Israel has pledged to "destroy Hamas"

The Palestinian militant group that controls the Gaza Strip. Neighboring countries warn that an invasion and ground war would result in more civilian casualties and displace approximately 2.3 million Gaza residents from their homes. But there is another concern: if or when Hamas is removed from power in Gaza, who or what will replace it?

What is Hamas? Hamas is a militant group formed in 1987 as an offshoot of the political movement "Muslim Brotherhood." The United States has designated it as a terrorist organization since 1997, and many other countries, including Israel and most of Europe, view it in the same way.

The U.S. government accuses Iran of providing most of the funding, weapons, and training to Hamas. "During periods of significant Iranian-Hamas cooperation, Iran's support to Hamas has been estimated at $300 million per year, but basic estimates by many put it in the tens of millions of dollars per year," the U.S. Treasury Department stated in its 2019 report.

The militant group and its armed wing, the "Izz ad-Din al-Qassam Brigades," have carried out attacks on Israel for many years, including suicide bombings.

In its 1988 charter, Hamas stated its aim to destroy the state of Israel and establish an Islamic society in historic Palestine. In 2017, it published a new document accepting the idea of a temporary Palestinian state.

Hamas is one of the two major Palestinian political parties, alongside Fatah.

Who Governs Gaza and the West Bank? The Gaza Strip and the much larger West Bank, occupied by Israel, are the two main Palestinian territories, but they are governed separately.

In 1993, Israeli Prime Minister Yitzhak Rabin and Palestinian Liberation Organization (PLO) leader Yasser Arafat signed the Oslo Accords, a historic agreement that established limited self-rule within a new entity called the Palestinian Authority (PA) for Palestinians in Gaza and the West Bank.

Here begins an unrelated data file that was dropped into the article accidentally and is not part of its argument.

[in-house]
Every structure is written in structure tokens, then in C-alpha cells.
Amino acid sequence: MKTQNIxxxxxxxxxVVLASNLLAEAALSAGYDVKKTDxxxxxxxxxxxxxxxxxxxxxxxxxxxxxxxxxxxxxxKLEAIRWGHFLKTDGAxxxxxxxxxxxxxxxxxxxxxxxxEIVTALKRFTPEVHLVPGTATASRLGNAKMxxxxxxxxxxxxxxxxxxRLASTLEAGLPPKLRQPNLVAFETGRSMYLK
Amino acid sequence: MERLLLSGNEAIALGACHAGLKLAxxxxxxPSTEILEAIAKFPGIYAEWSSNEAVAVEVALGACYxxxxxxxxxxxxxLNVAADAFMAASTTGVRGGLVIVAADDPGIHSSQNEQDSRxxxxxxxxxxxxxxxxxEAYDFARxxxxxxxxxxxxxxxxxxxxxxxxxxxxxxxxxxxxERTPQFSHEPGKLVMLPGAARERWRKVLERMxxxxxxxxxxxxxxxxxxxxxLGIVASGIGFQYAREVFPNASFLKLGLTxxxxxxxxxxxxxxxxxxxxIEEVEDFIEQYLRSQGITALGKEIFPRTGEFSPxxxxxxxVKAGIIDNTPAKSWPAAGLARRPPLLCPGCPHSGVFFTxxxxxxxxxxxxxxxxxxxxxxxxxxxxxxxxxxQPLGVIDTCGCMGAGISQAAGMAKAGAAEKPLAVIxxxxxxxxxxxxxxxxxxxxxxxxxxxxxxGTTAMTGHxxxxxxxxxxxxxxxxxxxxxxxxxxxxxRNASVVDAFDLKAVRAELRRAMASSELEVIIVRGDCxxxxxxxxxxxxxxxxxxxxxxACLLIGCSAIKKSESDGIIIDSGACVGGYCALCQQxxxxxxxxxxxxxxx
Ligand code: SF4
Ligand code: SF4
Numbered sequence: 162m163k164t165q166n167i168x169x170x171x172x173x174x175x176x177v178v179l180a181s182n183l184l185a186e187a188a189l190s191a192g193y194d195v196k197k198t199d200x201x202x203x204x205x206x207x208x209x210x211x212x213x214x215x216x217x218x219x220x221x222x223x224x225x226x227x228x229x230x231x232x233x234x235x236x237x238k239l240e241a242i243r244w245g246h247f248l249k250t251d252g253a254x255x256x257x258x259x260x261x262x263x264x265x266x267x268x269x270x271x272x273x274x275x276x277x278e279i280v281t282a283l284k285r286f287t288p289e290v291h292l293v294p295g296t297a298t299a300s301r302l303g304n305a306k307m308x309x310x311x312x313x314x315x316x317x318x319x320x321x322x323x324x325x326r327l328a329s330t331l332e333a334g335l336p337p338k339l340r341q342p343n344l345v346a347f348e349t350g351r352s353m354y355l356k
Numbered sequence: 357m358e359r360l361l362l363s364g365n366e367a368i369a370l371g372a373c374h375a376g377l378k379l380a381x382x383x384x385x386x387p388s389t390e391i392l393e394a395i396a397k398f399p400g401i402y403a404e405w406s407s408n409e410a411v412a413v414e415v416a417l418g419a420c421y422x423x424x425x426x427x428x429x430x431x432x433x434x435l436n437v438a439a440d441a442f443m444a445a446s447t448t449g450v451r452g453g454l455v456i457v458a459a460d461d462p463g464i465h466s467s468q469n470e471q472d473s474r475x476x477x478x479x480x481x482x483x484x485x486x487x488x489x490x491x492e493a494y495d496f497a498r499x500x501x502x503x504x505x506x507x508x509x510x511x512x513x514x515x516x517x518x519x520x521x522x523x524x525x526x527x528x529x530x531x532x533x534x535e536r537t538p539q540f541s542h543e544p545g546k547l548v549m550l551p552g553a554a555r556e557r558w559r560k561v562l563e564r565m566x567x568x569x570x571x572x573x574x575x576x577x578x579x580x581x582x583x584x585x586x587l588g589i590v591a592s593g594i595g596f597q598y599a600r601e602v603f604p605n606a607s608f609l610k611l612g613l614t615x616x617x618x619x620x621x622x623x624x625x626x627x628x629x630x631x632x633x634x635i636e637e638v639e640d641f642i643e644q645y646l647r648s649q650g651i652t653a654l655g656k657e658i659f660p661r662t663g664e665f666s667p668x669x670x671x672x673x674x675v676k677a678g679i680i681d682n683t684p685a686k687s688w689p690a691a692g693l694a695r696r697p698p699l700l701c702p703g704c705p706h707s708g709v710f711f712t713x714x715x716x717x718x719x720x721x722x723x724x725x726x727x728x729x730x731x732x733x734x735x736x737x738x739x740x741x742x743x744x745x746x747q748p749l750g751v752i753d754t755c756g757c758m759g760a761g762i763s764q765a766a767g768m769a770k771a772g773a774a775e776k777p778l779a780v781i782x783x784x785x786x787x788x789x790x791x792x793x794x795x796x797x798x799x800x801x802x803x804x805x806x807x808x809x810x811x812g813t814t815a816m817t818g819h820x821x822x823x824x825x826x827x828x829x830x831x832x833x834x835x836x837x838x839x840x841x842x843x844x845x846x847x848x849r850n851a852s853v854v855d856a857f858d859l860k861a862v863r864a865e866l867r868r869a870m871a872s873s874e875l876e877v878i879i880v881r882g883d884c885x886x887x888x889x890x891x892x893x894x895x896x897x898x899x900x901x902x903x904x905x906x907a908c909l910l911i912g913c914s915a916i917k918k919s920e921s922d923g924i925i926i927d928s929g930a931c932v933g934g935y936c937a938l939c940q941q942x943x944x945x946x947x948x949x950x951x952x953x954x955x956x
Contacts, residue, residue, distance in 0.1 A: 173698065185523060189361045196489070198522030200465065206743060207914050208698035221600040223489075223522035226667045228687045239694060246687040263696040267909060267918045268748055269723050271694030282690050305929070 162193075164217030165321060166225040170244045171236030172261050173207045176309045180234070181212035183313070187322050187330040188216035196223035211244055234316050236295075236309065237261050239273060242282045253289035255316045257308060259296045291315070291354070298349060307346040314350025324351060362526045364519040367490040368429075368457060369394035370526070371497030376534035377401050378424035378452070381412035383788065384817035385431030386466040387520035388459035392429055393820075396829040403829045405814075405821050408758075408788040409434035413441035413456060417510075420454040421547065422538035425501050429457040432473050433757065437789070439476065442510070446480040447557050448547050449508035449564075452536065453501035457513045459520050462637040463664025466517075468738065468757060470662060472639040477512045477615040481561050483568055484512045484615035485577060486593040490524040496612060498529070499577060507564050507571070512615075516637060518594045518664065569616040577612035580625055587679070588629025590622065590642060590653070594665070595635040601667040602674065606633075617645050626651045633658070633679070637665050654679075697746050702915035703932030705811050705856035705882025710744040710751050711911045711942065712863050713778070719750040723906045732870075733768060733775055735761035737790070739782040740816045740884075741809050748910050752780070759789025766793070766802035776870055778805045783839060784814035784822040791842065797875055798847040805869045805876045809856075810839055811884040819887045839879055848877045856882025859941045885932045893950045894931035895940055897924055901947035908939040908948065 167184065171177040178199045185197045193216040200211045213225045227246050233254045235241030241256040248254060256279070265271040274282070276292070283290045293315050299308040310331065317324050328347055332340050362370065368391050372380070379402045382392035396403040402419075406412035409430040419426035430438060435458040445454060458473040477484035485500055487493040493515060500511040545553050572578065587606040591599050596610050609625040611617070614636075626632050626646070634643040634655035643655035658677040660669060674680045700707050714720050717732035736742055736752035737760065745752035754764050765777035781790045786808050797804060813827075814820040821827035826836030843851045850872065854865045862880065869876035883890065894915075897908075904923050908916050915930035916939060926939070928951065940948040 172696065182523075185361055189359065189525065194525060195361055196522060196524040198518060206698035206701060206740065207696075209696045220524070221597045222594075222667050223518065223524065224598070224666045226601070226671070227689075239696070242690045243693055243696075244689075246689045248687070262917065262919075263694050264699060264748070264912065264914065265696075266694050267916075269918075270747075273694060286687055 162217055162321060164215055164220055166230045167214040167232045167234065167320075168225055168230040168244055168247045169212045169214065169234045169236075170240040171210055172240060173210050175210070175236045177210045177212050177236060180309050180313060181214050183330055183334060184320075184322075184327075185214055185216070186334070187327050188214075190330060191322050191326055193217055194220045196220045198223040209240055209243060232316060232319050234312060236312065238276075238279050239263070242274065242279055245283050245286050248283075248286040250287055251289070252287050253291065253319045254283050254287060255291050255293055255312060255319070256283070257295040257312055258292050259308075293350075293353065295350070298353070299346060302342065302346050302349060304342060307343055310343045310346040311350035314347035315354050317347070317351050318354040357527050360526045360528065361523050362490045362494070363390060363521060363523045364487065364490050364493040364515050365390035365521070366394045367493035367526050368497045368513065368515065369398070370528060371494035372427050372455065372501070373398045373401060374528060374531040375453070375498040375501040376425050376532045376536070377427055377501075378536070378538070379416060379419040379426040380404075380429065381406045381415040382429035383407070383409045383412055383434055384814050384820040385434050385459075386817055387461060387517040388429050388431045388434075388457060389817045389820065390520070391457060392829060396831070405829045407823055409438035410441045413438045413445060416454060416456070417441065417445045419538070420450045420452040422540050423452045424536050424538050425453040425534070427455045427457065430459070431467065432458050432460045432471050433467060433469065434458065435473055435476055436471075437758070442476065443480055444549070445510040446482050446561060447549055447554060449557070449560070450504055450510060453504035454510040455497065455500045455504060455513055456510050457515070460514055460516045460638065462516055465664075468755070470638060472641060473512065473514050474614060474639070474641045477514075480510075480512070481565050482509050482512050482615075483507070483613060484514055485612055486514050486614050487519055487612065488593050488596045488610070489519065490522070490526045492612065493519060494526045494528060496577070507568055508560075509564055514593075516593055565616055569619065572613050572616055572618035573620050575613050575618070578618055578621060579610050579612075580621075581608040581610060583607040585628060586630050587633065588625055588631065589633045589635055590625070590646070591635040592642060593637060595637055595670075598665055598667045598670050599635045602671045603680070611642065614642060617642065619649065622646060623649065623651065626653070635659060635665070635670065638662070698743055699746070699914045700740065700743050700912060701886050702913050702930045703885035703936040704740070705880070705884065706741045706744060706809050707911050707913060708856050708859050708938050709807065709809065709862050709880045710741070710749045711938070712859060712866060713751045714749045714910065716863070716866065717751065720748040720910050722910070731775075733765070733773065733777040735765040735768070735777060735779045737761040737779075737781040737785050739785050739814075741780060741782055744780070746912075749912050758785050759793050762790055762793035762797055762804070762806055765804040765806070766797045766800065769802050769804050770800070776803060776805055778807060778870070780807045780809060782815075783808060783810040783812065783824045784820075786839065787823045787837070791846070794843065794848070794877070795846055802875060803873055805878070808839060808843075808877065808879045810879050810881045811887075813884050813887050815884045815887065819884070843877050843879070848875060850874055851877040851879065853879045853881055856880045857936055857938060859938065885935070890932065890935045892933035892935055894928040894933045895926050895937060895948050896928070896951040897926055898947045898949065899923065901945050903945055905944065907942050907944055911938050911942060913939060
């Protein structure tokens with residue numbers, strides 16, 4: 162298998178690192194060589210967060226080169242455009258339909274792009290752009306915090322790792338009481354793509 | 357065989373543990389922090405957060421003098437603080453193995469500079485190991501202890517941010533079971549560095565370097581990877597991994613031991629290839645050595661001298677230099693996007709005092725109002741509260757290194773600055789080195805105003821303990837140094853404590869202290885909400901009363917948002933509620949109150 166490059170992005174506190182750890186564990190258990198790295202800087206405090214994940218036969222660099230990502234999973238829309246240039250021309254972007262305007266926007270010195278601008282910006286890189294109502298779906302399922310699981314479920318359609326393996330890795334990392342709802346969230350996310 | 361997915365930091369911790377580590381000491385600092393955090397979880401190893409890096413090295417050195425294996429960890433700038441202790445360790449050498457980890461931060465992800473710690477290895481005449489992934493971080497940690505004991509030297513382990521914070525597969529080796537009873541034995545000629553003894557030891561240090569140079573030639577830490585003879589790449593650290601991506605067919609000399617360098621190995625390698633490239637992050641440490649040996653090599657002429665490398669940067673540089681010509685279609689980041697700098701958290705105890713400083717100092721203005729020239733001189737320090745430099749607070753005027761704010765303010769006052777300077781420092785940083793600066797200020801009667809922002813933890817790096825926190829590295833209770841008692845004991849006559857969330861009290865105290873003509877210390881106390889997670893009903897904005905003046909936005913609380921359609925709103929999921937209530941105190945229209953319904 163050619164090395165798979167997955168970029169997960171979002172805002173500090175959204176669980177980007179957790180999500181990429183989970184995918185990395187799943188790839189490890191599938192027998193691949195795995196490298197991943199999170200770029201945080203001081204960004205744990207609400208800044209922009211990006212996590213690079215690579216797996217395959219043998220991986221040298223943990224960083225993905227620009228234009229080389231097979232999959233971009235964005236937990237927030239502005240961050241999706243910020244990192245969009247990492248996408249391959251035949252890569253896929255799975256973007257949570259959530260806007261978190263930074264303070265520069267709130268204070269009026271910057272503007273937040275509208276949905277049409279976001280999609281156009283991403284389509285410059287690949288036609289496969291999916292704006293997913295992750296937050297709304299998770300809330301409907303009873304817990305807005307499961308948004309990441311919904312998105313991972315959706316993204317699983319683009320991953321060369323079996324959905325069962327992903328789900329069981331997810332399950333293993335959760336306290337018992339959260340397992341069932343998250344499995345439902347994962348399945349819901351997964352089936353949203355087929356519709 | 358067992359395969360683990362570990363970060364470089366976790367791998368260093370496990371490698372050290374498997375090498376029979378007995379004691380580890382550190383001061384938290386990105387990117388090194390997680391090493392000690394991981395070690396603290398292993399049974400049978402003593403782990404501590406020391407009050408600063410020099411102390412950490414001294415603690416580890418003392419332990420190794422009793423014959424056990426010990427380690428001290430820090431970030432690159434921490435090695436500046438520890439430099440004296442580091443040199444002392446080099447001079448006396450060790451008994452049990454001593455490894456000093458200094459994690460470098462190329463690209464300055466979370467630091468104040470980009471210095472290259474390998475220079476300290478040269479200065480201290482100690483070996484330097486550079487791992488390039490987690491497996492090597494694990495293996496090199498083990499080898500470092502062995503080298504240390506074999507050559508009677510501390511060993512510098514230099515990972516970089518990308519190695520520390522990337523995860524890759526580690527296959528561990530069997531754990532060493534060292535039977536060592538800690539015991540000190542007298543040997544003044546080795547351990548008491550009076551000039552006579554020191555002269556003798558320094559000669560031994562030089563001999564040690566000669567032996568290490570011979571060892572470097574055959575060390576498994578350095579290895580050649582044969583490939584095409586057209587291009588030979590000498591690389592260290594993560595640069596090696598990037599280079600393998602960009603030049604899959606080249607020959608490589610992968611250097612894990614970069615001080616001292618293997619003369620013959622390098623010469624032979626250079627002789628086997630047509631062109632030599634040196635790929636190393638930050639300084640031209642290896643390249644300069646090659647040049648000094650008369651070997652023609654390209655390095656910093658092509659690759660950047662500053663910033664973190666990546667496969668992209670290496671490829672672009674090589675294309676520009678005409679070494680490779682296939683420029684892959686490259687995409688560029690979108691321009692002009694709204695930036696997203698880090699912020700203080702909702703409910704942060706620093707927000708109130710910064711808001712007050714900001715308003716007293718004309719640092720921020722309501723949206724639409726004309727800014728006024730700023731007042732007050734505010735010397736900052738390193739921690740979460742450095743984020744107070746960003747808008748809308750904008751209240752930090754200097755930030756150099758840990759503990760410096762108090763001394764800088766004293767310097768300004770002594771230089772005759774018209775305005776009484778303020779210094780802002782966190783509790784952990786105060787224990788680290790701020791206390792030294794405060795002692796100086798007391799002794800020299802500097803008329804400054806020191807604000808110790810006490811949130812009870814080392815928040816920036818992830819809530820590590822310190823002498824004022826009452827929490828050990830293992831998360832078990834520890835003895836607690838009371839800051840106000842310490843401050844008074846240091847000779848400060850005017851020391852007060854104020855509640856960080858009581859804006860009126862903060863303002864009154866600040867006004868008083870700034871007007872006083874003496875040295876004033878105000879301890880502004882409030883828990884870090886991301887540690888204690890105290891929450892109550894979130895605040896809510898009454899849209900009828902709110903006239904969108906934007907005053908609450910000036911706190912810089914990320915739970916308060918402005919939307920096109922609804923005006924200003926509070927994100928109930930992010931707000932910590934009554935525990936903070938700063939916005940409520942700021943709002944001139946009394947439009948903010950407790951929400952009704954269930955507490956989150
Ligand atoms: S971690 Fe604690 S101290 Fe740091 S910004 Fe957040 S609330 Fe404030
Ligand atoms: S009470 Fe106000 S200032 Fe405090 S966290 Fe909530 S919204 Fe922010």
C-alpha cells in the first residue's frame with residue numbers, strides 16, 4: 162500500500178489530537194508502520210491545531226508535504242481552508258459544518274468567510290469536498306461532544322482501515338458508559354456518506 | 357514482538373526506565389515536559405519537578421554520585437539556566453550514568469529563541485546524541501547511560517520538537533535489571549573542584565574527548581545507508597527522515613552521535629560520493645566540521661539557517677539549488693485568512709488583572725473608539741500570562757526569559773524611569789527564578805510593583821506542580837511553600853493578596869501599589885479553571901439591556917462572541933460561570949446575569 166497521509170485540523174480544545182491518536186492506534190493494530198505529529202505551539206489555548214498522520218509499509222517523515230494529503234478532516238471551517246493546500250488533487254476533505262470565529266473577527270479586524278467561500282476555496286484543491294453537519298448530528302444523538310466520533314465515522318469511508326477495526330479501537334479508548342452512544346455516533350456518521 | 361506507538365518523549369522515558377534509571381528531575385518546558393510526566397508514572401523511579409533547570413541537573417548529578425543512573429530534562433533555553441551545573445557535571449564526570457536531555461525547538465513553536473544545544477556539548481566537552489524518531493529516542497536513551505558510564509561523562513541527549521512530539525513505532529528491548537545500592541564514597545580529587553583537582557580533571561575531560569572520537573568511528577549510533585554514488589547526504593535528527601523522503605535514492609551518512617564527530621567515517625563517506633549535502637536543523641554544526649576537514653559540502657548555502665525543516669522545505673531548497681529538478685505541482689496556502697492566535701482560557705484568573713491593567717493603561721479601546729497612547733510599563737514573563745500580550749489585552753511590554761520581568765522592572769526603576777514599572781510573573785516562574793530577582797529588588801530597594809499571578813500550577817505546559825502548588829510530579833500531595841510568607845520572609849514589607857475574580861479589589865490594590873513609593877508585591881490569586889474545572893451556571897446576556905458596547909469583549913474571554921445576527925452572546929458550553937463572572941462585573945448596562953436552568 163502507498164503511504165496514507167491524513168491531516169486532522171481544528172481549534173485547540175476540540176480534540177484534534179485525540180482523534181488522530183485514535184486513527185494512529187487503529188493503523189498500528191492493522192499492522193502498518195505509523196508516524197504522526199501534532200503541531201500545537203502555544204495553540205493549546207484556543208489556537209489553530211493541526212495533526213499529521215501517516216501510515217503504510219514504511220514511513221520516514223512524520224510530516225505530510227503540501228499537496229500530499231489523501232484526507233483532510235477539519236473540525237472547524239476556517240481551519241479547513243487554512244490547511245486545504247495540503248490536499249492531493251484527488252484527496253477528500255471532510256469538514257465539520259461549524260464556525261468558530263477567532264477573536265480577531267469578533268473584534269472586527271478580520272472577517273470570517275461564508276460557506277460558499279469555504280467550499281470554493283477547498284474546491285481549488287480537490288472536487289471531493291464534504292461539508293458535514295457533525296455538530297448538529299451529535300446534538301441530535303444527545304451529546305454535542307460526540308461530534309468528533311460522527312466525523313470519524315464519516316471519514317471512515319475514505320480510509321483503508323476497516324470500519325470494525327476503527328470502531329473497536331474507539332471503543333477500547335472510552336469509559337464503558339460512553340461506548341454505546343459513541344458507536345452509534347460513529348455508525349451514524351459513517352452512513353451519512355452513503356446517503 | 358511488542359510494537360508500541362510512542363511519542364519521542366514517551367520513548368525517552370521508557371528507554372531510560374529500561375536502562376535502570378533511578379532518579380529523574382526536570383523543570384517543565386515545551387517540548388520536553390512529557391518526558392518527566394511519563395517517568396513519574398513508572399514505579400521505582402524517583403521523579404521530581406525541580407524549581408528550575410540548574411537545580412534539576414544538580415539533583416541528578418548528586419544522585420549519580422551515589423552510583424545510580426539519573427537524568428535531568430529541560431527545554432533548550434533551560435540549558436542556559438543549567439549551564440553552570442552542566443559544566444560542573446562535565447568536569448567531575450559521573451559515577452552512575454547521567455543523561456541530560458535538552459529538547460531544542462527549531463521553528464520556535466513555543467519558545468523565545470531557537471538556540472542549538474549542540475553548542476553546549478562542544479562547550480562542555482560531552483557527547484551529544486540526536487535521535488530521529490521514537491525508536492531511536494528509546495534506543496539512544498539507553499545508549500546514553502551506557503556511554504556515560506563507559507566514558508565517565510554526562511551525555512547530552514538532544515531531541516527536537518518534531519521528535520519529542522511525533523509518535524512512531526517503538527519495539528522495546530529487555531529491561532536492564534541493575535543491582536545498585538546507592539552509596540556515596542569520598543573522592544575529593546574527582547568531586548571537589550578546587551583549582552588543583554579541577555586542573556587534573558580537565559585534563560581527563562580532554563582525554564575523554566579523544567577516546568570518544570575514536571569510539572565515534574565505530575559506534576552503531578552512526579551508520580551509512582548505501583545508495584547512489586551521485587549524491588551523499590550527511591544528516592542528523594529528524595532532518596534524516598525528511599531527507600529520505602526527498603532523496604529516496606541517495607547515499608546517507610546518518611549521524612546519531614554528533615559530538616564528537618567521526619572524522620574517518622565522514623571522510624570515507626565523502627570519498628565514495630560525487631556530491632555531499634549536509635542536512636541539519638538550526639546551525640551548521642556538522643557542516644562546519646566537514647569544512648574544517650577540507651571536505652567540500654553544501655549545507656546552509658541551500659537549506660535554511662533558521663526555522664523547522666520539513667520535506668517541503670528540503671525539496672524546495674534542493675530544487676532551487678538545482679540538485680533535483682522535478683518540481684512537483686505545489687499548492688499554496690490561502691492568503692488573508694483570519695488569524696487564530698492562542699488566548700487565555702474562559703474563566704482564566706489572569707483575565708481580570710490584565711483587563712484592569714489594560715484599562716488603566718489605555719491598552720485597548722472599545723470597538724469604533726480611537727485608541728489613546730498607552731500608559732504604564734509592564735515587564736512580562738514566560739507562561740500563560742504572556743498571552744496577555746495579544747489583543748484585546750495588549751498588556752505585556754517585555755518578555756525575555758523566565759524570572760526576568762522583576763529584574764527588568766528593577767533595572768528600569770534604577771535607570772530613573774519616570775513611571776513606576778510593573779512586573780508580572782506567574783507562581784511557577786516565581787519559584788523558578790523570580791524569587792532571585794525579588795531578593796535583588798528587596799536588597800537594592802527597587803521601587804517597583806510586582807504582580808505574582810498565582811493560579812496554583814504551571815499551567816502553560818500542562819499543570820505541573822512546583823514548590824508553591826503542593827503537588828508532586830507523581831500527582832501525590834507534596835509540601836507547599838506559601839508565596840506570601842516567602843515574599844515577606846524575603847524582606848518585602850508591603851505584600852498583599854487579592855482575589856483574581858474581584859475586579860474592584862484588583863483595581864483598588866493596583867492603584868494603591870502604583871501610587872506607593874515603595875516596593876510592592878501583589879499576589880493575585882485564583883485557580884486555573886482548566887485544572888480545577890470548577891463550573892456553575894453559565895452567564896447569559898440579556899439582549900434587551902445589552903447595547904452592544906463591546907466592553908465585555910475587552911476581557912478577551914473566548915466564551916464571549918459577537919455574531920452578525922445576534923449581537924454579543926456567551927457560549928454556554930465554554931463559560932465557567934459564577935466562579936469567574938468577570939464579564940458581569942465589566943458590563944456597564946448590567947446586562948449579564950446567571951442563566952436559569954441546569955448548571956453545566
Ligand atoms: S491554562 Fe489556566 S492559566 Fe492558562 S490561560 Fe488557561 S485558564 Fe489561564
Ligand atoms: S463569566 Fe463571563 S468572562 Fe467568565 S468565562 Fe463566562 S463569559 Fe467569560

In the 2006 elections held in both territories, Hamas won a majority of seats in the PA's legislative body, but its political rivals from the Fatah faction refused to recognize the results and pushed out the most extremist Hamas politicians.

This led to violence in Gaza, Hamas's historical stronghold, and a rift between the two Palestinian territories. By 2007, Hamas had taken control of PA institutions in Gaza and governed the coastal enclave, which it continues to do today.

Fatah continues to govern the West Bank through the Palestinian Authority, but the territory remains under Israeli security forces' occupation. Fatah and its leader, PA President Mahmoud Abbas, have become deeply unpopular among many Palestinians. In both Gaza and the West Bank, there is significant mistrust of Fatah and the PA, which, when established, agreed to help locate members of the "Palestinian Resistance" and hand them over to Israel.

Palestinian legislative elections have not been held in either territory since 2006, and Abbas refused to hold the election that was supposed to take place in 2021. Hamas officials accused him of a "coup" for blocking elections that, as he knew, Fatah was likely to lose.

If Israel destroys Hamas, who will govern Gaza? Israel's Defense Minister Yoav Gallant stated that Israel's operation in Gaza will consist of three stages.

First, he said Israel will conduct a "military campaign, which currently includes strikes, and later will include maneuvers to neutralize terrorists and destroy Hamas infrastructure." The second stage, according to him, will focus on "eliminating pockets of resistance" in the Gaza Strip.

"The third stage," Gallant said, "will require Israel to disclaim responsibility for life in the Gaza Strip and create a new security reality for the citizens of Israel."

However, it is unclear what this means for the residents of Gaza.